In many ways, I'm also passing through the lives of the patients I work with. I'm getting a little glimpse into their world and then sending them off with some pretty cool new hardware. I wonder what that means to them, or if they'll remember the blue-eyed American volunteer that spoke broken Spanish to them and handed them their new leg. Just some thoughts and questions I guess... not as many answers, but that's ok. 

Wednesday, July 17, 2013

Mindo, the Cloud Forest!

I haven't had a travel post in a while, so here it is. My friend Andrew and I went to Mindo a couple weekends ago, and it was the bomb-dot-com. First off, the bus ride there was, shall we say, unique. The bus was full when we got to the station so we sad on the floor in the aisle between the seats... it was one of those moments where I knew I could appreciate the youthful experience at the time but wasn't sure if I'd be doing this at 40. Luckily some people got off so we did end up with seats for most of the ride. 

So, without further ado, we arrived in Mindo. All I can say to sum up the place is: beautiful, tropical, friendly people, tranquil. Mindo is in the cloud forest and at a lower elevation than Quito. It's got a cute little river running through it, which was refreshingly familiar to Upstate NY. The first thing we did upon getting there was get settled at this cute hostel on the river with a nice host named Henry, who had worked for a time in London in fancy shmancy hotels and the like. Then we checked out the chocolate factory, El Quetzel, and had a brownie and some ice cream. We didn't end up getting to do the factory tour, alas, but maybe some time in the future.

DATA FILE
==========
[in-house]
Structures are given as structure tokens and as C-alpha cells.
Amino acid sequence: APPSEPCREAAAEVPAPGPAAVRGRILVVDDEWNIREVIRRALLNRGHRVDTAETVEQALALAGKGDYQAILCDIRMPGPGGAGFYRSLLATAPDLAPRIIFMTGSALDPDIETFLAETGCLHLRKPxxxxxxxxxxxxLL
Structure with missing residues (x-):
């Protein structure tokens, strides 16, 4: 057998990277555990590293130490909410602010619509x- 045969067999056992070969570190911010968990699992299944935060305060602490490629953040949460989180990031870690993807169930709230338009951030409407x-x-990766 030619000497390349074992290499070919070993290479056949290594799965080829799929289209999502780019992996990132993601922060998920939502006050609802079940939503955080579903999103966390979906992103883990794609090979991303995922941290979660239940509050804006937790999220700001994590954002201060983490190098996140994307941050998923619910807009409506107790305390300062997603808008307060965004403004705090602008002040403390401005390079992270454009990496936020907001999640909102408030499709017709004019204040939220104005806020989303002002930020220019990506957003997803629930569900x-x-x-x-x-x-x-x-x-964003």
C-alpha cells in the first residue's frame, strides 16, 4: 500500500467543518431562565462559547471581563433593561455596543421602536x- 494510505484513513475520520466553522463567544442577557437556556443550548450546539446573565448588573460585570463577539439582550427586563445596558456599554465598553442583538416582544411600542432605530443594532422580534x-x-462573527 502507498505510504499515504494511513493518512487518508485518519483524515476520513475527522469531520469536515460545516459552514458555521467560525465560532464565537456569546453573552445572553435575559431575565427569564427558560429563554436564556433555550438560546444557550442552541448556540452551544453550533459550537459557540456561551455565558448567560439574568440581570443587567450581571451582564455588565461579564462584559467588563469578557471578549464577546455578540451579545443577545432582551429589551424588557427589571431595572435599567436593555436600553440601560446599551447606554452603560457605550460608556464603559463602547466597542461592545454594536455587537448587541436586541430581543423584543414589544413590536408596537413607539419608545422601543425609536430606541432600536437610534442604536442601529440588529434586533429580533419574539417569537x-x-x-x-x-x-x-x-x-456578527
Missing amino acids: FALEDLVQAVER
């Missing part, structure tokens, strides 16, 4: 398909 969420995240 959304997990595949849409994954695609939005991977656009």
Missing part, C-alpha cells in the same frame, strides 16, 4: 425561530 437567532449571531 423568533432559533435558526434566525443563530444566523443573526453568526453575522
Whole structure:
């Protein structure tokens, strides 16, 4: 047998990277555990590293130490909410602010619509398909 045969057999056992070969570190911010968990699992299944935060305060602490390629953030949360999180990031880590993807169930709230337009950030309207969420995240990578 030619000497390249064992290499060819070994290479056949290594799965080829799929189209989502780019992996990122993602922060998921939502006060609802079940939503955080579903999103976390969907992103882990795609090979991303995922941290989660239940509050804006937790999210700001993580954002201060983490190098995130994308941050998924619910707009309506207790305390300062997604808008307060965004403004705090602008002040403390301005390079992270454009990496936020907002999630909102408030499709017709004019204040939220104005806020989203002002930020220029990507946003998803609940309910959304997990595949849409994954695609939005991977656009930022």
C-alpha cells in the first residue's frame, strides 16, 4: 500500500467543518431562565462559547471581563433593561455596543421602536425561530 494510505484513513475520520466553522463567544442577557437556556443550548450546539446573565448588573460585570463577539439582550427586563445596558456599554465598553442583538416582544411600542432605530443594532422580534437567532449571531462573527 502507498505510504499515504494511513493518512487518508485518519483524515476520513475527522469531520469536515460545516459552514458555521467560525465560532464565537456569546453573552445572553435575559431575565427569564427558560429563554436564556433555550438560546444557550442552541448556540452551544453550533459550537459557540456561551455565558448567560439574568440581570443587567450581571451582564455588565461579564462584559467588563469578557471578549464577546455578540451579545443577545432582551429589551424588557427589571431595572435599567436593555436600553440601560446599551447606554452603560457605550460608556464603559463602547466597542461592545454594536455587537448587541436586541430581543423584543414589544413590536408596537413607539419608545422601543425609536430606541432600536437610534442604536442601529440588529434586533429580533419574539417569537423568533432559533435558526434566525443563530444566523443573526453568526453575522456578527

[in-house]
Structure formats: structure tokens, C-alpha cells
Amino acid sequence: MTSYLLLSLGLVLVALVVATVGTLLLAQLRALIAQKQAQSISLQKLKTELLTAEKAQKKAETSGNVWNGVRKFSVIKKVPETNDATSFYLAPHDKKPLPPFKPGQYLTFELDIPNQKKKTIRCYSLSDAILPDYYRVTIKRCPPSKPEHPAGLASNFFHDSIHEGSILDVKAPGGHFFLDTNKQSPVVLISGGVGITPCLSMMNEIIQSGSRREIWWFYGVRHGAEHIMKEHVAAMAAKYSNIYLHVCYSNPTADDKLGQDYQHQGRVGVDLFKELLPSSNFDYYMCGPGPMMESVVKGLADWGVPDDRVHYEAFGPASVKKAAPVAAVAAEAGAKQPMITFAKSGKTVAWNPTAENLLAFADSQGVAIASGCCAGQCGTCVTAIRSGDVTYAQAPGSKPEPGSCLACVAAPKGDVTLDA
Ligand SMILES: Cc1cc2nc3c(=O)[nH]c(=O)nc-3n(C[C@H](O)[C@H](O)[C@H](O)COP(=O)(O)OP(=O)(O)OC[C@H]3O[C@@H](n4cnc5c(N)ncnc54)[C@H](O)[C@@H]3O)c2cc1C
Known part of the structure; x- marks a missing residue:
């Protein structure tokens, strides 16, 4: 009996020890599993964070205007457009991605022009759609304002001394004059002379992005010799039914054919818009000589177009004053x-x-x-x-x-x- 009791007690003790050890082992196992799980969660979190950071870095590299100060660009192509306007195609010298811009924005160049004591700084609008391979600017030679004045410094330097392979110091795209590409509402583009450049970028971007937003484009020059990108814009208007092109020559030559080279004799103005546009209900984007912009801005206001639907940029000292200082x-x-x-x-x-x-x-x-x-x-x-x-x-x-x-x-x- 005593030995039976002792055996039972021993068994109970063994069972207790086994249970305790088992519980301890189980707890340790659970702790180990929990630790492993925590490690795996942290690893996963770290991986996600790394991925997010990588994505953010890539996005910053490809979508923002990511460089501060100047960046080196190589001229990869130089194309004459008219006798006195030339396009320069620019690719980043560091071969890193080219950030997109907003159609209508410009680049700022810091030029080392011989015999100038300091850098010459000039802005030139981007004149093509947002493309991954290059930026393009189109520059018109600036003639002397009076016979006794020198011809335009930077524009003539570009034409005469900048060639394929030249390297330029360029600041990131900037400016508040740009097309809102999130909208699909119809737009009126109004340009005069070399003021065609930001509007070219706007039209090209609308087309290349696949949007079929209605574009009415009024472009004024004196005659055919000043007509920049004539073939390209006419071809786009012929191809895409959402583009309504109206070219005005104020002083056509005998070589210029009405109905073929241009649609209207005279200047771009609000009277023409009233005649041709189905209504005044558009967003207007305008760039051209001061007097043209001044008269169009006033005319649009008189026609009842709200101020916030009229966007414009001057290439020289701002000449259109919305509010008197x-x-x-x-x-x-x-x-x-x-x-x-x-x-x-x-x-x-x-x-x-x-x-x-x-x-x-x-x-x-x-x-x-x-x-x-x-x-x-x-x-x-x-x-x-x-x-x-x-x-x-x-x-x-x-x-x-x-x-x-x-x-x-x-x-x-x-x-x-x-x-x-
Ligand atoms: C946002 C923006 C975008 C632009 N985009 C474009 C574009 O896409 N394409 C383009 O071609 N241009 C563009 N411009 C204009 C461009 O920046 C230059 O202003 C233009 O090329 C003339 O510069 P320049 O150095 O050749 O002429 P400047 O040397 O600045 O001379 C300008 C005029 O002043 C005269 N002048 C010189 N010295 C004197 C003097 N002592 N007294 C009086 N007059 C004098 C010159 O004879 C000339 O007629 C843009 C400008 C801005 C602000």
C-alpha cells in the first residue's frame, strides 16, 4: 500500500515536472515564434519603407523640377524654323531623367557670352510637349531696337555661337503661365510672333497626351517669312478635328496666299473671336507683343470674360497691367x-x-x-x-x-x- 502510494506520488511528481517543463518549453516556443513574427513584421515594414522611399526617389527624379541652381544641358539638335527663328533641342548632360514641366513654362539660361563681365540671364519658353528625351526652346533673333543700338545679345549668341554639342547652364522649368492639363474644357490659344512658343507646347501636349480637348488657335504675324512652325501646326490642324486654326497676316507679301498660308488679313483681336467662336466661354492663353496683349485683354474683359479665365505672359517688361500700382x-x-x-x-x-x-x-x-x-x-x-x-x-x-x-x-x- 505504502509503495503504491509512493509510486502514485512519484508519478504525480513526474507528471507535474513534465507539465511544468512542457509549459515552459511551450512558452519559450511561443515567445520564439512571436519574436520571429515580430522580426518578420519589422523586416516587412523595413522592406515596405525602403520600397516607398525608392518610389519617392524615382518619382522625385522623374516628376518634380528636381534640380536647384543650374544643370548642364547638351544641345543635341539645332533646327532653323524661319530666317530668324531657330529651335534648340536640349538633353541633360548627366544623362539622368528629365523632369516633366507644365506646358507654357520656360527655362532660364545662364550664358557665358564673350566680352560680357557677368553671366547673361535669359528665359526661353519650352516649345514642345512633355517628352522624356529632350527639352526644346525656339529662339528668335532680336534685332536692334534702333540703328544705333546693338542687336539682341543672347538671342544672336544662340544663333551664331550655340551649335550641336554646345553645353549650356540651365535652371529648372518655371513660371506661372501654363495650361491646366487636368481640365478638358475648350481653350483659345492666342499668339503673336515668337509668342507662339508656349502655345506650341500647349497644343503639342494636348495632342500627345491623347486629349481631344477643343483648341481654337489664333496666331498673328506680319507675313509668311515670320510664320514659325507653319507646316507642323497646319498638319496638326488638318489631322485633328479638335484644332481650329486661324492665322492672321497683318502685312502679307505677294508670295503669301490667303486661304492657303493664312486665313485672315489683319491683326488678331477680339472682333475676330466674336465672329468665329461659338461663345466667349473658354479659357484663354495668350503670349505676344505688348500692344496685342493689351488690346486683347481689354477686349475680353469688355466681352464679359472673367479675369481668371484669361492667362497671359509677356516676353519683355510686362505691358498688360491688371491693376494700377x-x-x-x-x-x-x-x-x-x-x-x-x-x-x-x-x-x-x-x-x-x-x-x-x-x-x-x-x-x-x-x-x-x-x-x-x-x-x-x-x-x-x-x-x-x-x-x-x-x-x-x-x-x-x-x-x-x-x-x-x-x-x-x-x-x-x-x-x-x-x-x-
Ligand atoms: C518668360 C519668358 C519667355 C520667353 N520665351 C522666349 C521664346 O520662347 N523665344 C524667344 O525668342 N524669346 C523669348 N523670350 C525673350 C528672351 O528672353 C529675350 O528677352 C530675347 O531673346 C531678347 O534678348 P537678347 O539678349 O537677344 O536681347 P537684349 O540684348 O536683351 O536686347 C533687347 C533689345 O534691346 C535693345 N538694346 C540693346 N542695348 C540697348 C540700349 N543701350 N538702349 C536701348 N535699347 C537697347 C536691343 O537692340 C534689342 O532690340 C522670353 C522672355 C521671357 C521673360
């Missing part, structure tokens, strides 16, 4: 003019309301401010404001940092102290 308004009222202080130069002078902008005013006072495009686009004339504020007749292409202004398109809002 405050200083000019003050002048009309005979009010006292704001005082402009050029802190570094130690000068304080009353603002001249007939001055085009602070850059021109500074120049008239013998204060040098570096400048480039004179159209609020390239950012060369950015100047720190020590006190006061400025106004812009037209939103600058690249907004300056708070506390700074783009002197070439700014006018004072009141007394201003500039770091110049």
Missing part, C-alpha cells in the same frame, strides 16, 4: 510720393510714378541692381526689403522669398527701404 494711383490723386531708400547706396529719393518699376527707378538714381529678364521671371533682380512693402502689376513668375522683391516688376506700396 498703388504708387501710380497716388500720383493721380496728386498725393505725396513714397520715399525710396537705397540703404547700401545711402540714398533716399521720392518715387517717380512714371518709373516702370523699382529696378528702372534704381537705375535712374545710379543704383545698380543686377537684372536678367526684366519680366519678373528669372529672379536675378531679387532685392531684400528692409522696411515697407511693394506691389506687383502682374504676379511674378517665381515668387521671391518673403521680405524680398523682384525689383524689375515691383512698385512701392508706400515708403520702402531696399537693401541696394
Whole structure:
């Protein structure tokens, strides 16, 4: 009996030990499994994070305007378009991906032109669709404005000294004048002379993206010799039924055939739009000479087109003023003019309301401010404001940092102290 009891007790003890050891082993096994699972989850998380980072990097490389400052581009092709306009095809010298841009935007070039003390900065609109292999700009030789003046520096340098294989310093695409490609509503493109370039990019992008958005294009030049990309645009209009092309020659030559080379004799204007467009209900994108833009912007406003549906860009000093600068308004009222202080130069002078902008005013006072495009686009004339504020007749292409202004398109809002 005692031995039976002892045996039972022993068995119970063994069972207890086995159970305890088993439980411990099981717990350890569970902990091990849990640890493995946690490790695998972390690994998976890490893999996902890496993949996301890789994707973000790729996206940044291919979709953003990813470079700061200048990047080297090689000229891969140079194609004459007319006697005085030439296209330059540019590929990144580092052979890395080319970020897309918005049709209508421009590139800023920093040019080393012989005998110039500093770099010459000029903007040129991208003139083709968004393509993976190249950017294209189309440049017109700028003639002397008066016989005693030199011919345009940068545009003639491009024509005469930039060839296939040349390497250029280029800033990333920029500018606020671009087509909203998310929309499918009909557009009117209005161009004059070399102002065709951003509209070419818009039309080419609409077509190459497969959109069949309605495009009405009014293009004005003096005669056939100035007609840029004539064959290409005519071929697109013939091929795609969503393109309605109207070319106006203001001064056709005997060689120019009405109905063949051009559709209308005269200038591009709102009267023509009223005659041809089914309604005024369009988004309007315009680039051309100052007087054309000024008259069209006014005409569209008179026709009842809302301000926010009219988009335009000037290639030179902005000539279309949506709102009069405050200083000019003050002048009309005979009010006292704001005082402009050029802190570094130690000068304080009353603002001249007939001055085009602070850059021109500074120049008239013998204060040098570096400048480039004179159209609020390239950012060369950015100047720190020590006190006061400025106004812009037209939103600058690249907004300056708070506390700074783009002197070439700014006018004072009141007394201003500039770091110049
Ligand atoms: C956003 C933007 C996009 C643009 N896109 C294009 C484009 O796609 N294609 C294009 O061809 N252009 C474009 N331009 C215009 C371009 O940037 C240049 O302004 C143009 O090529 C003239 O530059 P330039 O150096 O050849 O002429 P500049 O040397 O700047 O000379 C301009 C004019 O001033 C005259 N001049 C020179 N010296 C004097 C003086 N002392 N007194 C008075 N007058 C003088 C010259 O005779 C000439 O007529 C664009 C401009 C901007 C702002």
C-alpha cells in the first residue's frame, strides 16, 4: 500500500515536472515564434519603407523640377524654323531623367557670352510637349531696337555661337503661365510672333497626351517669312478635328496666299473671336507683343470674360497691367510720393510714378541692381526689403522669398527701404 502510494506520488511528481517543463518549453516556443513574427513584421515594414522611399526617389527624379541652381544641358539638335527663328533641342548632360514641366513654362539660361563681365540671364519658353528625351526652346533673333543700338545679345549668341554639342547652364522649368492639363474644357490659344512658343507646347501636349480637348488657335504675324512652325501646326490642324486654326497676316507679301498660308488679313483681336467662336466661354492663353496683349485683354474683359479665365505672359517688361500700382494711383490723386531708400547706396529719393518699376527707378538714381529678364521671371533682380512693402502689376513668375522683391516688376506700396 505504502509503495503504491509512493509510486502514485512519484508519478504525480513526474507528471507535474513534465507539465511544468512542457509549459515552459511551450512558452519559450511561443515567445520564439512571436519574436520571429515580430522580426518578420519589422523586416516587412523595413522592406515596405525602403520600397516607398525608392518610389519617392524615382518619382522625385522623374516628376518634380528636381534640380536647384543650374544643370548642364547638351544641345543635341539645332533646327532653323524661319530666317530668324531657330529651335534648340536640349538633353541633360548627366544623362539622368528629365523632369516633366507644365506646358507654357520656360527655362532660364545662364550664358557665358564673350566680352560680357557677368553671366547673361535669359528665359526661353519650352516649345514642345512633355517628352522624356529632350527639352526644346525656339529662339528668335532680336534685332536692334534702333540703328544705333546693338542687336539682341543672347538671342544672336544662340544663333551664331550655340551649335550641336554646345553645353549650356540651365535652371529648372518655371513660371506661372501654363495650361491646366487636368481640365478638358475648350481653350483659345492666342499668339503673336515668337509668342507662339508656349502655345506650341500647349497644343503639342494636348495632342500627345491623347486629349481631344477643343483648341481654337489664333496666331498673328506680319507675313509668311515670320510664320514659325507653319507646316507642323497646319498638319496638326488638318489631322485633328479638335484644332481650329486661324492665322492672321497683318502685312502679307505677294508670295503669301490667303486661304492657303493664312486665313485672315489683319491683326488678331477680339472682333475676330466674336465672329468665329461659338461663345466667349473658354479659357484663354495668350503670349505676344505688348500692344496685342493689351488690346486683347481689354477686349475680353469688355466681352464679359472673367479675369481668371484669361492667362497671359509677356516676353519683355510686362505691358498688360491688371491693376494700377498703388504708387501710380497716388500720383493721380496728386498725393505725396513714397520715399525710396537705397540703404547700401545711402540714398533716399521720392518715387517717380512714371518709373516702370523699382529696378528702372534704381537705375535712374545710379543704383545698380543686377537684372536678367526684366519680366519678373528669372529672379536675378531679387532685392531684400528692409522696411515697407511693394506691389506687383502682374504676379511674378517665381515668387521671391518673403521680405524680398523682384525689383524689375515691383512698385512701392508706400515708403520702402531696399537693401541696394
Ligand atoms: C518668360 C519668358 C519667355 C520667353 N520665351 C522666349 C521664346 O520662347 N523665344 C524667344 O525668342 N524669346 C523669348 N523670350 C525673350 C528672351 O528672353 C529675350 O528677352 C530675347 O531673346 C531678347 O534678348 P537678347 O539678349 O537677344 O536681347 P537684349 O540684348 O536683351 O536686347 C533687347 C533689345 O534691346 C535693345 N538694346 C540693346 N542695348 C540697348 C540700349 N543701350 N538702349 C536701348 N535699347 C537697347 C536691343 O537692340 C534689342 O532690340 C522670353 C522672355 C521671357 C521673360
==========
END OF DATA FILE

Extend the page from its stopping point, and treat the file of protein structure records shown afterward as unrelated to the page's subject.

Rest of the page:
Andrew Crosses the River to Retrieve the Forgotten Sunscreen

The next adventure was ziplining! We walked pretty far up this hill and then fortunately caught a shuttle the rest of the way up. Hilariously, there were two stoic cows at the entrance of the ziplining that were just staring us down, as pictured. 

Judging Cows

Alright, so there were 13 ziplines that crossed 2 valleys and varied in speeds. Overall, super fun. But nothing topped the last line I did wherein the zipline guide went with me and flipped me upside down (still safely strapped in), so I flew across the valley mariposoa(butterfly) style. 

The town in general had a great vibe -- really laid back with very friendly people. We saw two boys on the road trying to fix a bike, and we did our best to help them out but the chain was too big. They were super cute and said "Have a long life!" or something like that to us when we left.